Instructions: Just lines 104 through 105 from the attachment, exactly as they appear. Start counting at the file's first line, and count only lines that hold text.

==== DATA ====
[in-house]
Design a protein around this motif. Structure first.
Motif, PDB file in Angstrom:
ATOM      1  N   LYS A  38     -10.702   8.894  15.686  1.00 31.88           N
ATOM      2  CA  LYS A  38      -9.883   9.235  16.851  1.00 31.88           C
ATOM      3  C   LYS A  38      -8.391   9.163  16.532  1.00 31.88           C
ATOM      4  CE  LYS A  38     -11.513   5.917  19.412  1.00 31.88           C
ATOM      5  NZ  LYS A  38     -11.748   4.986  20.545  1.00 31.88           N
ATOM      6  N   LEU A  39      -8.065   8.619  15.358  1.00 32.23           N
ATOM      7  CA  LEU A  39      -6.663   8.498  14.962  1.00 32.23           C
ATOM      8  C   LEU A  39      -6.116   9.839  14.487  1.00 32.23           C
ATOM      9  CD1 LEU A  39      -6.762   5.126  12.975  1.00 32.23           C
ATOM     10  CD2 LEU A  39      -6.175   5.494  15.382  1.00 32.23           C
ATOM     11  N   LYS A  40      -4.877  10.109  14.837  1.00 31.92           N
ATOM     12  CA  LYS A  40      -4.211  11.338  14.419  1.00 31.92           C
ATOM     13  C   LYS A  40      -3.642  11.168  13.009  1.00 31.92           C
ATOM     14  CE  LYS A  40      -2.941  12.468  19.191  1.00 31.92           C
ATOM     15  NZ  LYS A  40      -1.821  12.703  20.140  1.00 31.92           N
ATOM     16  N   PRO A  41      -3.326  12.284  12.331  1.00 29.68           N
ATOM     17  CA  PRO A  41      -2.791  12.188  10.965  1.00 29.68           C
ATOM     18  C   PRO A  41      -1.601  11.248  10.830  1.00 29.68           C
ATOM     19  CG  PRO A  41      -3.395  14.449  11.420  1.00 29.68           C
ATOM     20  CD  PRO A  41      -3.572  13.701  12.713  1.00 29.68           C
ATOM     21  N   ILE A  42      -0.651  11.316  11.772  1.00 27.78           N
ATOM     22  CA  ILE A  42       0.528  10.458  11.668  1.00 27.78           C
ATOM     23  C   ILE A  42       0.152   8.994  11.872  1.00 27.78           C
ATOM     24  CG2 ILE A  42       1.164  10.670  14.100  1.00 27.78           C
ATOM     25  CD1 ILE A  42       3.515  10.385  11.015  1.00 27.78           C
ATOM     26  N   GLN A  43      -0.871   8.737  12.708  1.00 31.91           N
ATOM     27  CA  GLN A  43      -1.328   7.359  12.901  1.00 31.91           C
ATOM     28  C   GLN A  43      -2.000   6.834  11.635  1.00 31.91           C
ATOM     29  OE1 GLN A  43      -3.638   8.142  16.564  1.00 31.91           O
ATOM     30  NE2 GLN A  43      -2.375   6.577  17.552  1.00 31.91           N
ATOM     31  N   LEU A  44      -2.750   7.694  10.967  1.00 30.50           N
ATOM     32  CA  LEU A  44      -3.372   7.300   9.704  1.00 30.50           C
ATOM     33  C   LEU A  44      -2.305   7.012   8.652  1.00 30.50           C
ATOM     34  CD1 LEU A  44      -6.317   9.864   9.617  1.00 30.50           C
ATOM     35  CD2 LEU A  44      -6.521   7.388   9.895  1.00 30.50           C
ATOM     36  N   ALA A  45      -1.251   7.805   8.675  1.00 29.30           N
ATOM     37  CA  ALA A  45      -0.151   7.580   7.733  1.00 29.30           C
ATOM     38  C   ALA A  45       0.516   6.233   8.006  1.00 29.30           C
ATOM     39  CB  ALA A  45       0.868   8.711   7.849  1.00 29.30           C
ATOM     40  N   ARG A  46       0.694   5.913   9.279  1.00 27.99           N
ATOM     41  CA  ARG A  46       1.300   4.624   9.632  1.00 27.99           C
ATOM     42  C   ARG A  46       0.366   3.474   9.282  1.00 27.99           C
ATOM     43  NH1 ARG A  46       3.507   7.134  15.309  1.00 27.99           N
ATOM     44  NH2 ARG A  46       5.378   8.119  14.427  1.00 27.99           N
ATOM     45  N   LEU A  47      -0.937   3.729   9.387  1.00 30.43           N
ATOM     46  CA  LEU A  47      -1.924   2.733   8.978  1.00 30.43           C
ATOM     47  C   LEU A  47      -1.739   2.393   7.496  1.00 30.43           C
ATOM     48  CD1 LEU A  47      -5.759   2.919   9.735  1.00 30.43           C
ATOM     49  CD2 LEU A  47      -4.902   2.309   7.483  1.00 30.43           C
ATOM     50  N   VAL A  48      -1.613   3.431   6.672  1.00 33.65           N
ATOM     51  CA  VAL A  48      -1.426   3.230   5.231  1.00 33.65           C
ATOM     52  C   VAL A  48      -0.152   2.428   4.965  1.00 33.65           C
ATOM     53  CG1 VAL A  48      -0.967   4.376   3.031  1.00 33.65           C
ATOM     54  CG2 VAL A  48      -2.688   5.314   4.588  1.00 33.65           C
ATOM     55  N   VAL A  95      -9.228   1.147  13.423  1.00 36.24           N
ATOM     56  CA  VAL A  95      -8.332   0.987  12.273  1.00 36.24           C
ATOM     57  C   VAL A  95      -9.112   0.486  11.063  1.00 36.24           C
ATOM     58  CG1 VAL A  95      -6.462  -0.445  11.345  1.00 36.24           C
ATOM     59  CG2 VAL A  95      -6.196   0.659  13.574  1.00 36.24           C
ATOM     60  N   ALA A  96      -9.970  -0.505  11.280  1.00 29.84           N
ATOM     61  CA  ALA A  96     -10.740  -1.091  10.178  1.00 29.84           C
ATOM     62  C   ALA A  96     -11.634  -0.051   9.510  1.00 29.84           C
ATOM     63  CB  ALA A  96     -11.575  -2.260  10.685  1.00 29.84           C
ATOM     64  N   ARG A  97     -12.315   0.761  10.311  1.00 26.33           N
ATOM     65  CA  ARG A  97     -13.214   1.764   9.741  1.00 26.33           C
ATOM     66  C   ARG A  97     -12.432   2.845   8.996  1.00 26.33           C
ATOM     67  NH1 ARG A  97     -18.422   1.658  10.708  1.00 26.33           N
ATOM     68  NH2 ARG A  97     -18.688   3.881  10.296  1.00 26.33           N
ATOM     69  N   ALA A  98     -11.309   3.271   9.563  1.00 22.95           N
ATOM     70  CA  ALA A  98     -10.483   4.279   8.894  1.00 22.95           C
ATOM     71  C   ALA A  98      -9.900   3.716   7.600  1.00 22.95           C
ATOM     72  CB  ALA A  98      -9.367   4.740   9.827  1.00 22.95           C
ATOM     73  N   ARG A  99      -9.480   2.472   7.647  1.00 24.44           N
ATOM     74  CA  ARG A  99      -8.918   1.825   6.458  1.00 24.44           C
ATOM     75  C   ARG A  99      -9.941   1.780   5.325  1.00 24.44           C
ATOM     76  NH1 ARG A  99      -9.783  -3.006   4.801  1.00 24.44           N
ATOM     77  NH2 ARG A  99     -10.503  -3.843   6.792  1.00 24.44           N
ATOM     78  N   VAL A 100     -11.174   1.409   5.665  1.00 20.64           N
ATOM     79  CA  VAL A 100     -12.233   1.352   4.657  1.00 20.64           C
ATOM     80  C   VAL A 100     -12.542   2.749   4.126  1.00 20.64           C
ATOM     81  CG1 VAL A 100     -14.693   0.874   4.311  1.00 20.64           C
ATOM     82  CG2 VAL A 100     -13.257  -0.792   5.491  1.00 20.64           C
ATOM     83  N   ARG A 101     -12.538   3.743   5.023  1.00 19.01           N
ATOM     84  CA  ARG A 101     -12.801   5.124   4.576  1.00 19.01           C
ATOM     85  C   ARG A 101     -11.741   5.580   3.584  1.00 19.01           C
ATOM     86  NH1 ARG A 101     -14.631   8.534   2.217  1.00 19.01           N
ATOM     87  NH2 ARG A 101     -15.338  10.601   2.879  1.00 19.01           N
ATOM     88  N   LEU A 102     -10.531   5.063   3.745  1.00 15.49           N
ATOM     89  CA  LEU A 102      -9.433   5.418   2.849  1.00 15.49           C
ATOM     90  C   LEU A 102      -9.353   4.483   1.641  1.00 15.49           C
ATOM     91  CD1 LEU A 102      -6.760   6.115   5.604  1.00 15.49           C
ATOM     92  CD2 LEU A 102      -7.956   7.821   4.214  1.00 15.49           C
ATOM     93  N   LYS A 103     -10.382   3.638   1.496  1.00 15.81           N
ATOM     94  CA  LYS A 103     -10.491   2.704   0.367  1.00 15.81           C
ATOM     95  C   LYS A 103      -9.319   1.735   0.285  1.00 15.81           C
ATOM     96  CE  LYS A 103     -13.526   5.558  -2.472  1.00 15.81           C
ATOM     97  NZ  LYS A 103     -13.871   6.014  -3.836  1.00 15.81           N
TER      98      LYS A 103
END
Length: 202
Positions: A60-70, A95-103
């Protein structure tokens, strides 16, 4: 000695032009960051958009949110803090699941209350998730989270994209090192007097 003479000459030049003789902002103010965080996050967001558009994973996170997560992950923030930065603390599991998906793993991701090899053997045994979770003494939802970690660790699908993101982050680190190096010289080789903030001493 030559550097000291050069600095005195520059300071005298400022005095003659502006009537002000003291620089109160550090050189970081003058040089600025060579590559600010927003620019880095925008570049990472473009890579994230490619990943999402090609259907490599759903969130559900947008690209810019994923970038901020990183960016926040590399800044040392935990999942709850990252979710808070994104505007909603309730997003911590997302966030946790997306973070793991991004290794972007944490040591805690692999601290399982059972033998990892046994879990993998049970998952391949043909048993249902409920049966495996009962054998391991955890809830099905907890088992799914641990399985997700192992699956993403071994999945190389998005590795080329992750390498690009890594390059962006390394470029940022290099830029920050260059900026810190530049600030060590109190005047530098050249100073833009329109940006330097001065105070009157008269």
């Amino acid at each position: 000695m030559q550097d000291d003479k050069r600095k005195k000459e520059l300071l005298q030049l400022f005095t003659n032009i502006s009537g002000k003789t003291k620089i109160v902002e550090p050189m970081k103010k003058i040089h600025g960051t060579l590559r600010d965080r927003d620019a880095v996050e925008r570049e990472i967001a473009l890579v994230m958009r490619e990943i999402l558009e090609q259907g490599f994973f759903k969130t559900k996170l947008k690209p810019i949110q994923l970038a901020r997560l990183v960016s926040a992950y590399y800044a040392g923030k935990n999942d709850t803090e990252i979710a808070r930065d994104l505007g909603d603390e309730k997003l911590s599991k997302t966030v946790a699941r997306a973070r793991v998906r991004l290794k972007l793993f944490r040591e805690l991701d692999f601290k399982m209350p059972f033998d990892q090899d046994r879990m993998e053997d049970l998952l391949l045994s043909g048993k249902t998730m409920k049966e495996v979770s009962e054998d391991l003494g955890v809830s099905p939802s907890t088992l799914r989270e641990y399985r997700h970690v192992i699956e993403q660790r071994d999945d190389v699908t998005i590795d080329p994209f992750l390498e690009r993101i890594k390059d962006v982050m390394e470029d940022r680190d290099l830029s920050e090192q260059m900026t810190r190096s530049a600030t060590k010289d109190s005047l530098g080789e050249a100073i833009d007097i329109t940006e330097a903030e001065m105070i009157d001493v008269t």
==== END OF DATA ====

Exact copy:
Positions: A60-70, A95-103
């Protein structure tokens, strides 16, 4: 000695032009960051958009949110803090699941209350998730989270994209090192007097 003479000459030049003789902002103010965080996050967001558009994973996170997560992950923030930065603390599991998906793993991701090899053997045994979770003494939802970690660790699908993101982050680190190096010289080789903030001493 030559550097000291050069600095005195520059300071005298400022005095003659502006009537002000003291620089109160550090050189970081003058040089600025060579590559600010927003620019880095925008570049990472473009890579994230490619990943999402090609259907490599759903969130559900947008690209810019994923970038901020990183960016926040590399800044040392935990999942709850990252979710808070994104505007909603309730997003911590997302966030946790997306973070793991991004290794972007944490040591805690692999601290399982059972033998990892046994879990993998049970998952391949043909048993249902409920049966495996009962054998391991955890809830099905907890088992799914641990399985997700192992699956993403071994999945190389998005590795080329992750390498690009890594390059962006390394470029940022290099830029920050260059900026810190530049600030060590109190005047530098050249100073833009329109940006330097001065105070009157008269």